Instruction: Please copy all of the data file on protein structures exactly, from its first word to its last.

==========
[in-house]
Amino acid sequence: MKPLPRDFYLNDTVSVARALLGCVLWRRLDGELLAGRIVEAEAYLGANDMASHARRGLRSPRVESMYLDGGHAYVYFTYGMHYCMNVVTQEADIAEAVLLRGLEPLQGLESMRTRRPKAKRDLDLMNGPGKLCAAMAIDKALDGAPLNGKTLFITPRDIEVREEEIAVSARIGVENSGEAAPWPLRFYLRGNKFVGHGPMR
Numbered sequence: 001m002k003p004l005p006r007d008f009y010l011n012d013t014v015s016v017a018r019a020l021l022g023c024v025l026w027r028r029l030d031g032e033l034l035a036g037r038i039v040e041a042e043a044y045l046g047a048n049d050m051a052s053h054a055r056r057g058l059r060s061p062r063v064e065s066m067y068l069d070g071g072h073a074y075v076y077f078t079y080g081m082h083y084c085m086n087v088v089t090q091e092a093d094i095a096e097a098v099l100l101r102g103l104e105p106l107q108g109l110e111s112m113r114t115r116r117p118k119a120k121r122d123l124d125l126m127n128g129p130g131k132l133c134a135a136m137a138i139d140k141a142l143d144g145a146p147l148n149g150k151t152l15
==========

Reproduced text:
[in-house]
Amino acid sequence: MKPLPRDFYLNDTVSVARALLGCVLWRRLDGELLAGRIVEAEAYLGANDMASHARRGLRSPRVESMYLDGGHAYVYFTYGMHYCMNVVTQEADIAEAVLLRGLEPLQGLESMRTRRPKAKRDLDLMNGPGKLCAAMAIDKALDGAPLNGKTLFITPRDIEVREEEIAVSARIGVENSGEAAPWPLRFYLRGNKFVGHGPMR
Numbered sequence: 001m002k003p004l005p006r007d008f009y010l011n012d013t014v015s016v017a018r019a020l021l022g023c024v025l026w027r028r029l030d031g032e033l034l035a036g037r038i039v040e041a042e043a044y045l046g047a048n049d050m051a052s053h054a055r056r057g058l059r060s061p062r063v064e065s066m067y068l069d070g071g072h073a074y075v076y077f078t079y080g081m082h083y084c085m086n087v088v089t090q091e092a093d094i095a096e097a098v099l100l101r102g103l104e105p106l107q108g109l110e111s112m113r114t115r116r117p118k119a120k121r122d123l124d125l126m127n128g129p130g131k132l133c134a135a136m137a138i139d140k141a142l143d144g145a146p147l148n149g150k151t152l15